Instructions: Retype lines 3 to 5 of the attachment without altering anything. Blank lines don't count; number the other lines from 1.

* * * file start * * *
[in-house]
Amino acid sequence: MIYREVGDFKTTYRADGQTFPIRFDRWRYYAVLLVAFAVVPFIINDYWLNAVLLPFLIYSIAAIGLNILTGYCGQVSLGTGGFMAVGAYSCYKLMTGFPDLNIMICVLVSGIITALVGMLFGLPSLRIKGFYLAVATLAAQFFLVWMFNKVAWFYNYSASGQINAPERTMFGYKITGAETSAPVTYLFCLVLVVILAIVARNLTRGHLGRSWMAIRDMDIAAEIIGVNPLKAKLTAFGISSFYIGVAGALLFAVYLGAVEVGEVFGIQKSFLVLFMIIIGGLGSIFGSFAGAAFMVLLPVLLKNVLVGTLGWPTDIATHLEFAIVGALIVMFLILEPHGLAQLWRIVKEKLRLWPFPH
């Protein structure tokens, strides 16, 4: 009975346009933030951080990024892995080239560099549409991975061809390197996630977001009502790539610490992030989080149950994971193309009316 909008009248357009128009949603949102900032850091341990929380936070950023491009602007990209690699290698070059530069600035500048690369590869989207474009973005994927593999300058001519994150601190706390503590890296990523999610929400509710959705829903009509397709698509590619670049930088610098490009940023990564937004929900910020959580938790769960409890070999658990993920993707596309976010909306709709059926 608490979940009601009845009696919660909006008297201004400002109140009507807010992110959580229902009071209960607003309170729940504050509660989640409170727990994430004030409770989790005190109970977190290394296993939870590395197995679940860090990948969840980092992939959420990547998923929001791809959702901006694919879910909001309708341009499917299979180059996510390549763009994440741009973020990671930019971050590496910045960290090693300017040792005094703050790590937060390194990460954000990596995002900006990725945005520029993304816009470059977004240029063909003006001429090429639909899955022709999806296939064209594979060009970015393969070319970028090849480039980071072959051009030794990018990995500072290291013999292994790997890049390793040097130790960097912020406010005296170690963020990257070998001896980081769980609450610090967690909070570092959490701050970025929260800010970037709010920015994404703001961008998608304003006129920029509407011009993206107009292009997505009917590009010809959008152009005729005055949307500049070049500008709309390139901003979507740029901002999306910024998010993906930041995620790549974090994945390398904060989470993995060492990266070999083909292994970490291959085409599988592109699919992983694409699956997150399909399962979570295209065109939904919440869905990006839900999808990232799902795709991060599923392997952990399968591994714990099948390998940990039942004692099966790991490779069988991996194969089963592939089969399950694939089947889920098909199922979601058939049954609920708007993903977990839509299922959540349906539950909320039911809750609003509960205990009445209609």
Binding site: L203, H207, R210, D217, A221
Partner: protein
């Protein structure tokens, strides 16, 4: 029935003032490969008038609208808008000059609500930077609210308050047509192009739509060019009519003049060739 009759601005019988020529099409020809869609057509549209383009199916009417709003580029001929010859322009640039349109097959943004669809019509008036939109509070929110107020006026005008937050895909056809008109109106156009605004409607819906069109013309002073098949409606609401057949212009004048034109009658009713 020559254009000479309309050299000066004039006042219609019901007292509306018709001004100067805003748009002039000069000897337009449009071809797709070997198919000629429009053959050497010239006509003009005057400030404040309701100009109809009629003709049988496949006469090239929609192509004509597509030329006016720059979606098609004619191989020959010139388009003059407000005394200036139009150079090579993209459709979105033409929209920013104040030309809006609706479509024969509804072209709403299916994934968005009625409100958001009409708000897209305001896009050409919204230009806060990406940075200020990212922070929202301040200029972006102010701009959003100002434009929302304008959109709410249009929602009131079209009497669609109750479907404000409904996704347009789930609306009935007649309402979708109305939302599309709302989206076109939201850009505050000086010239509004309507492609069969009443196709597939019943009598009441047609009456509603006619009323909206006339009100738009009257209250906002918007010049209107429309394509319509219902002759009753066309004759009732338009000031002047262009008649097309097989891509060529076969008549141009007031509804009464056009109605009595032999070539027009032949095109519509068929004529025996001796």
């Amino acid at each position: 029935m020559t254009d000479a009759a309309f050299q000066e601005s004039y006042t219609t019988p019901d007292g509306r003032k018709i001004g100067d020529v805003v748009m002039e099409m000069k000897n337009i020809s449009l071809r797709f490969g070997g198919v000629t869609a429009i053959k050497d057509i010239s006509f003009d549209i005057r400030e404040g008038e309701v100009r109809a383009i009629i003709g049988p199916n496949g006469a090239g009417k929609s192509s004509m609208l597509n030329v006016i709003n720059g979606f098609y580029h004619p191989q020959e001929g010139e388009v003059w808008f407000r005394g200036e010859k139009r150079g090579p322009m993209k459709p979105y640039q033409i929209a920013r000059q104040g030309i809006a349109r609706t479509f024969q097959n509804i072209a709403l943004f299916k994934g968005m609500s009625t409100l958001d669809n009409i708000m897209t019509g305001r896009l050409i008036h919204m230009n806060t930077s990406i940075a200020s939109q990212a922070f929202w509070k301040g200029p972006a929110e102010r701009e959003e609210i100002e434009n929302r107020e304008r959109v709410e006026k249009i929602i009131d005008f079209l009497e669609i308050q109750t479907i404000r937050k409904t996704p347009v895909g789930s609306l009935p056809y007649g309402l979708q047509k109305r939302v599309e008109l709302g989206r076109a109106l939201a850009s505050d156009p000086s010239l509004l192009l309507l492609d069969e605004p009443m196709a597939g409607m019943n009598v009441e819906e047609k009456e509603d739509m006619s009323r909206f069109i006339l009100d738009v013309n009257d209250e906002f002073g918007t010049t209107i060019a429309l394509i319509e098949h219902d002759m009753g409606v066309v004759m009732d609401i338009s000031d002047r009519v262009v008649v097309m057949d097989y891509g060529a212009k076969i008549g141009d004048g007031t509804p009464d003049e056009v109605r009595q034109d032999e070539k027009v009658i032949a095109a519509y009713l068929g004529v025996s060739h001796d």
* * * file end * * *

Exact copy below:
């Protein structure tokens, strides 16, 4: 009975346009933030951080990024892995080239560099549409991975061809390197996630977001009502790539610490992030989080149950994971193309009316 909008009248357009128009949603949102900032850091341990929380936070950023491009602007990209690699290698070059530069600035500048690369590869989207474009973005994927593999300058001519994150601190706390503590890296990523999610929400509710959705829903009509397709698509590619670049930088610098490009940023990564937004929900910020959580938790769960409890070999658990993920993707596309976010909306709709059926 608490979940009601009845009696919660909006008297201004400002109140009507807010992110959580229902009071209960607003309170729940504050509660989640409170727990994430004030409770989790005190109970977190290394296993939870590395197995679940860090990948969840980092992939959420990547998923929001791809959702901006694919879910909001309708341009499917299979180059996510390549763009994440741009973020990671930019971050590496910045960290090693300017040792005094703050790590937060390194990460954000990596995002900006990725945005520029993304816009470059977004240029063909003006001429090429639909899955022709999806296939064209594979060009970015393969070319970028090849480039980071072959051009030794990018990995500072290291013999292994790997890049390793040097130790960097912020406010005296170690963020990257070998001896980081769980609450610090967690909070570092959490701050970025929260800010970037709010920015994404703001961008998608304003006129920029509407011009993206107009292009997505009917590009010809959008152009005729005055949307500049070049500008709309390139901003979507740029901002999306910024998010993906930041995620790549974090994945390398904060989470993995060492990266070999083909292994970490291959085409599988592109699919992983694409699956997150399909399962979570295209065109939904919440869905990006839900999808990232799902795709991060599923392997952990399968591994714990099948390998940990039942004692099966790991490779069988991996194969089963592939089969399950694939089947889920098909199922979601058939049954609920708007993903977990839509299922959540349906539950909320039911809750609003509960205990009445209609």
Binding site: L203, H207, R210, D217, A221
Partner: protein